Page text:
Should Christians Be Nationalists?

Christians must avoid two extremes when it comes to inappropriate conflation of Christianity and nationalism.


John Stonestreet

Timothy D Padgett

Depending on who you ask, Christian nationalism is either a grave threat to the nation and the Church or is nothing more than a label used to demonize and dismiss people of faith from the public square, and therefore no threat at all.  

For critics from within the Church, Christian nationalism unfaithfully conflates the cross of Christ with the stars and stripes, abandoning the Christian’s heavenly citizenship for worldly causes, efforts, and allegiances. And some critics see Christian nationalism as nothing less than white nationalism dressed up in religious garb. Tragically, each of these descriptions accurately describe many people who claim to follow Christ but who have, instead, confused the city of man as the City of God.  

At the same time, it’s almost impossible to take many of the critics seriously, when the label has been reduced to a cynical political tool. Many of those accused of Christian nationalism are not guilty of it. After all, Christianity, properly understood, is not a privatized, pietistic set of religious principles. To love God and neighbor, which is the summation of the Christian’s duty, involves all of life, personal and cultural and, yes, political. God has called us to this time and this place, a time and place just as much subject to the rule and reign of Christ as any other. We are to obey Christ, and to teach others to obey Him. We are to do the good we can wherever we can and given that many Western nations were founded as Christian states, this involves stewarding the best parts of our heritage while working to oppose evil and advance good. 

Doing such today will inevitably bring accusations of Christian nationalism. That should not deter us. At the same time, it is a mistake to claim the label of “Christian nationalism,” as some have done. First, while there are clear instructions and important biblical and theological implications for citizenship, there is not a biblical category for “Christian nationalism.” While God moves through nations and states, just as He does through individuals, the restoration of all things involves people from every tongue, tribe, nation, and language. Second, it is simply unwise to take up a term that has been historically associated with some of the worst villains of the last century or so.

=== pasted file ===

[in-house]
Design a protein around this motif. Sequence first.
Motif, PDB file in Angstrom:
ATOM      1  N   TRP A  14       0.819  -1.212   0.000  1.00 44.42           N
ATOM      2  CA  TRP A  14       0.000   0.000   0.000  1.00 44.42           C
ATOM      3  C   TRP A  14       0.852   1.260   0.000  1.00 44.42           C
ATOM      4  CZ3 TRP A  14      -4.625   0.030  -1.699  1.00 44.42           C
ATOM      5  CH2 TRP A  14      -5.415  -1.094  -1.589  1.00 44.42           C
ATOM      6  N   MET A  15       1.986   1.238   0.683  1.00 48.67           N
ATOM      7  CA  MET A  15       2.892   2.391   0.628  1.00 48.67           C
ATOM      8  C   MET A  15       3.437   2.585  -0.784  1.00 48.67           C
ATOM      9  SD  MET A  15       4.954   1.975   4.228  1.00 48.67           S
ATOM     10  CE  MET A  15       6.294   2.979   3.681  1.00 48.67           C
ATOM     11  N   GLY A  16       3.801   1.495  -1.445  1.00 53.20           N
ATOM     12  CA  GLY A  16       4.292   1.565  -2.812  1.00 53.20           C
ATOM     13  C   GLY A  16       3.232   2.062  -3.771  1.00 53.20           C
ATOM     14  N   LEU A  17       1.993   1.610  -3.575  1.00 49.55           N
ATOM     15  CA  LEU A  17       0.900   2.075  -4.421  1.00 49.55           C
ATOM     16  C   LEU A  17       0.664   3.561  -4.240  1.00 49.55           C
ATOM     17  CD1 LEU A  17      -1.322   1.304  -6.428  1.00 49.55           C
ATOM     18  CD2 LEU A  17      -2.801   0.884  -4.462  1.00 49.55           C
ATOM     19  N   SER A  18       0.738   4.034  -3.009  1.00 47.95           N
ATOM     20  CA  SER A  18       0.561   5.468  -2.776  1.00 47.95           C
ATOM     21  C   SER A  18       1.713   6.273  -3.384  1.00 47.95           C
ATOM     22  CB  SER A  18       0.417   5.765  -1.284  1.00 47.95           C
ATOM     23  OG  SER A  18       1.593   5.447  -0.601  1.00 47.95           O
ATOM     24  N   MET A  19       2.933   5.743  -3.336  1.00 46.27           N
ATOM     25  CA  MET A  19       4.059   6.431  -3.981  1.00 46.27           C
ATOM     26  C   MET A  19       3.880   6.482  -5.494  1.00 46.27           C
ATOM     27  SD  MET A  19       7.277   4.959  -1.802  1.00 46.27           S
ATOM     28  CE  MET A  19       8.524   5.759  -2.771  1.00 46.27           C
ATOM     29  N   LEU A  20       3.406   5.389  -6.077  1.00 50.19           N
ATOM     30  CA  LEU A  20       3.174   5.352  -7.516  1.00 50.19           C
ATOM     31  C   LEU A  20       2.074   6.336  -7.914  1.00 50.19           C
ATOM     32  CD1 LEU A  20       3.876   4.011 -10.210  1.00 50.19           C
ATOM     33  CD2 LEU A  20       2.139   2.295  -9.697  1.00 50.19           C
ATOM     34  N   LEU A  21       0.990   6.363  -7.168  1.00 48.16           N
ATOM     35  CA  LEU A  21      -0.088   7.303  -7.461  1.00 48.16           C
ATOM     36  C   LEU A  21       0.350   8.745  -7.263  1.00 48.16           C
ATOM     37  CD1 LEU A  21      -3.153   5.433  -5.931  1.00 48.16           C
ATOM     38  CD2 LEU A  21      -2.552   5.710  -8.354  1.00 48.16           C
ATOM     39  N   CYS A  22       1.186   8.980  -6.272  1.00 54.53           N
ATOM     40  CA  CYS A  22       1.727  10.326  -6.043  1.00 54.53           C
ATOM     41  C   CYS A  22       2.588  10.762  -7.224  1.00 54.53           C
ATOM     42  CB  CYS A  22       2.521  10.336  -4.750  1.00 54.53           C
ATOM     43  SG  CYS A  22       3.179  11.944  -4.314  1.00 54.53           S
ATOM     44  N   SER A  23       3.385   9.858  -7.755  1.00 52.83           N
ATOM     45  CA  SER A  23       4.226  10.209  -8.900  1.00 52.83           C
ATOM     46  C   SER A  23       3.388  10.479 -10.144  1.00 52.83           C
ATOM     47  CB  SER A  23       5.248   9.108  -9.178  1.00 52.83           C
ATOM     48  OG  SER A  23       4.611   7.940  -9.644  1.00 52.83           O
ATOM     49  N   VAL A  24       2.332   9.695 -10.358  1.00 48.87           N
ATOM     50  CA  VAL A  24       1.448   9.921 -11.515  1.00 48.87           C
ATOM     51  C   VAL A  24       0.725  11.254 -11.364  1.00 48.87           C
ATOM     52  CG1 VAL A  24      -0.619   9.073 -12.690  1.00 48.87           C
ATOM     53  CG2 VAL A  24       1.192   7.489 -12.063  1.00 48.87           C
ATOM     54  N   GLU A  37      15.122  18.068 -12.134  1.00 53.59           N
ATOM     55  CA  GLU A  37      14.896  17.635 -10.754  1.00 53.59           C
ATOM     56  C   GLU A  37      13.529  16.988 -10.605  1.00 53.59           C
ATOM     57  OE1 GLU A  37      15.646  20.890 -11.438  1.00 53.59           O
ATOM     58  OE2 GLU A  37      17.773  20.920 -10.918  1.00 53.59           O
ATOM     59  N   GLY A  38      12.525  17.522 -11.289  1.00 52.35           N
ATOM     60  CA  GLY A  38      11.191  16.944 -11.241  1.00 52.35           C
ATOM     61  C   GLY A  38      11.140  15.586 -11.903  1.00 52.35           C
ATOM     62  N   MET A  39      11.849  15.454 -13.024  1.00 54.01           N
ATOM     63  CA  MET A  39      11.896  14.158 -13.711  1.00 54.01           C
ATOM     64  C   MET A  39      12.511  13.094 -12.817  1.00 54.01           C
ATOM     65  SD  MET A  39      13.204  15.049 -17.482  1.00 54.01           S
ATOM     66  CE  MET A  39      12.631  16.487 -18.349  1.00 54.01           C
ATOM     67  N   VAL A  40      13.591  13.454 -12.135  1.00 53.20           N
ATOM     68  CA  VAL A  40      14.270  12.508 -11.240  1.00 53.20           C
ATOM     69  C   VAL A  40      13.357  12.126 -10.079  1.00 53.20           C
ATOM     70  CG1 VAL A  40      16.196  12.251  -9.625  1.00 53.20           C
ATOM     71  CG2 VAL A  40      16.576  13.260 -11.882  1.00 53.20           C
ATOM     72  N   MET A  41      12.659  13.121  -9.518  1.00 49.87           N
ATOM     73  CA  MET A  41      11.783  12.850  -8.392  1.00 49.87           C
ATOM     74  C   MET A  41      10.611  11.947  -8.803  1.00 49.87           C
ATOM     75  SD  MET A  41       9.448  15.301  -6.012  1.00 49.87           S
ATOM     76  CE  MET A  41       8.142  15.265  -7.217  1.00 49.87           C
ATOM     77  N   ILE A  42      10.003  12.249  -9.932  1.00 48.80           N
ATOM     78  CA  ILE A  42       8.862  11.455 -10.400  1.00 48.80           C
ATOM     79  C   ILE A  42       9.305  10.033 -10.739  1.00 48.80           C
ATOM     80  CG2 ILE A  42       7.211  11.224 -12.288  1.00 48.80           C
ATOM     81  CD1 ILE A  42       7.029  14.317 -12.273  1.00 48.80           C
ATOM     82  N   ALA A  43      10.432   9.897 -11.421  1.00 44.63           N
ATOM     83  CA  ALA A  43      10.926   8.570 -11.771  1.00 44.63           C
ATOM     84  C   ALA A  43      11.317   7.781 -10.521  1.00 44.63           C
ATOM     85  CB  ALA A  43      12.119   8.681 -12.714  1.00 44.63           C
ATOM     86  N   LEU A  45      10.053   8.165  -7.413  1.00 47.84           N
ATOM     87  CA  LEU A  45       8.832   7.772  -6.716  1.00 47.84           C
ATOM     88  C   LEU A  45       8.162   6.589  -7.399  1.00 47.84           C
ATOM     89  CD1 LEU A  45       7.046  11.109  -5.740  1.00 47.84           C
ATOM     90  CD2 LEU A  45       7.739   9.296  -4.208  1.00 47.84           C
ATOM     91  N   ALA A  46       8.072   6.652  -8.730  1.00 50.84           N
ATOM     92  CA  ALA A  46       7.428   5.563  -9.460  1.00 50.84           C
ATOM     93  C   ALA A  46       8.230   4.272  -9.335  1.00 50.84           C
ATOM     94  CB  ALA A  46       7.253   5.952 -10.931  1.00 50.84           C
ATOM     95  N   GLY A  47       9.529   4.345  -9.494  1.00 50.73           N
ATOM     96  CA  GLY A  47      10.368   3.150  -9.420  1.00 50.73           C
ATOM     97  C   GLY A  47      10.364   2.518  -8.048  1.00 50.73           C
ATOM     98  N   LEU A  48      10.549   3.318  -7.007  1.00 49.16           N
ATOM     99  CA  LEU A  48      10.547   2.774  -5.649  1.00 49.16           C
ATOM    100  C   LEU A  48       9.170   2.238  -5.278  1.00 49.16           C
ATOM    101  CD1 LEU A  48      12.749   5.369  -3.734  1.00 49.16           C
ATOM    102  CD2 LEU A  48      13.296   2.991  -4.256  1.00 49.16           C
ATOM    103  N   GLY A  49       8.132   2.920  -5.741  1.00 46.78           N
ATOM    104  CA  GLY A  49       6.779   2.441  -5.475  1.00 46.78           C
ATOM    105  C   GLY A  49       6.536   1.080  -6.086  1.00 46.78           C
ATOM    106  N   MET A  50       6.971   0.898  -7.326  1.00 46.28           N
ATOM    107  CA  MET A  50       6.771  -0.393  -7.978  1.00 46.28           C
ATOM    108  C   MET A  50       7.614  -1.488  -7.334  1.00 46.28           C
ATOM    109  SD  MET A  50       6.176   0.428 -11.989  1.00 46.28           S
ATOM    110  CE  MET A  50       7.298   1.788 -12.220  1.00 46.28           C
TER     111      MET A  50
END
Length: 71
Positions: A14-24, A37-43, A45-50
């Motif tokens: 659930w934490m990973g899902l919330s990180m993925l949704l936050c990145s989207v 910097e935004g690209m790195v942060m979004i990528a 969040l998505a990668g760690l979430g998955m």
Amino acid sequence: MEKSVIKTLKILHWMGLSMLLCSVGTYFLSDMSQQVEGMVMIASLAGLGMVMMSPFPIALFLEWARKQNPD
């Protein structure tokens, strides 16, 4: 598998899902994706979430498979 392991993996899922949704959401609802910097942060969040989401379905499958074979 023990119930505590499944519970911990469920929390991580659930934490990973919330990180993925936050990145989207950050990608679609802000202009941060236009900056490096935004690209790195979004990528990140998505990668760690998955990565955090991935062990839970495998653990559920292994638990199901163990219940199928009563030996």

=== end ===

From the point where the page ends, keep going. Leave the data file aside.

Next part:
Christians must not allow accusations of Christian nationalism to disengage them from politics. Simply put, Christians are supposed to “get political.” After all, the fervor of faith drove most of the greatest social reforms in human history. Without religion, specifically Christianity, influencing politics, neither the Abolitionist movement of the 19th century nor the Civil Rights movement of the 20th century would have happened. A Christianity that fails to live out its faith beyond the narrow confines of pews and hymns is no Christianity at all. 

In fact, because humans are, as John Calvin said, “incurably religious creatures,” everyone brings faith to politics. It’s impossible not to, something that is seen every bit as much in the religious fervor of the political left as in the political right. Christians, however, must avoid two extremes when it comes to inappropriate conflation of Christianity and nationalism.  

First, allowing our Christian faith to affect our politics does not mean only having Christians in politics. Just as being a Christian doesn’t make one a better pilot, being a follower of Christ doesn’t, per se, does not qualify someone for office.  

Second, we must constantly fight against “the political illusion,” thinking that all problems are, at root, political and therefore all solutions are also, at root, political. For example, while government is responsible for those things within its purview, such as public safety, it can never replace the family, the Church, or strong civil society in the moral formation of citizens. That’s true whether our people are in power or their people are in power. The Church should never look to the state to do what it is called to do. As Chuck Colson said in his final speech, we propose, but we don’t impose. The government, on the other hand, imposes. 

This is where we can heed the wisdom of Abraham Kuyper, someone who was both a theologian and politician in his native Netherlands. Whenever the state exceeds its natural sphere as one part of society, people start to think of the state as society. While the state has its place, it also has its limitations. Loving our neighbor in the political sphere is part of our Christian calling, but we must always remember that politics is a jealous and greedy god all too prone to consume those who would control it. 

Especially in contexts like ours, in which citizens are invited into the political process, every Christian should consider political involvement as a calling. For some, that will mean being informed, voting, or campaigning for a particular policy or candidate. For others, it will mean being a candidate, whether for a local school board or even national office.  

Whatever your political calling, remember, we do not ultimately put our trust in the power of the horses or the chariots, or the government. We put our trust in the Lord Jesus Christ, Creator and Redeemer of Heaven and Earth. 


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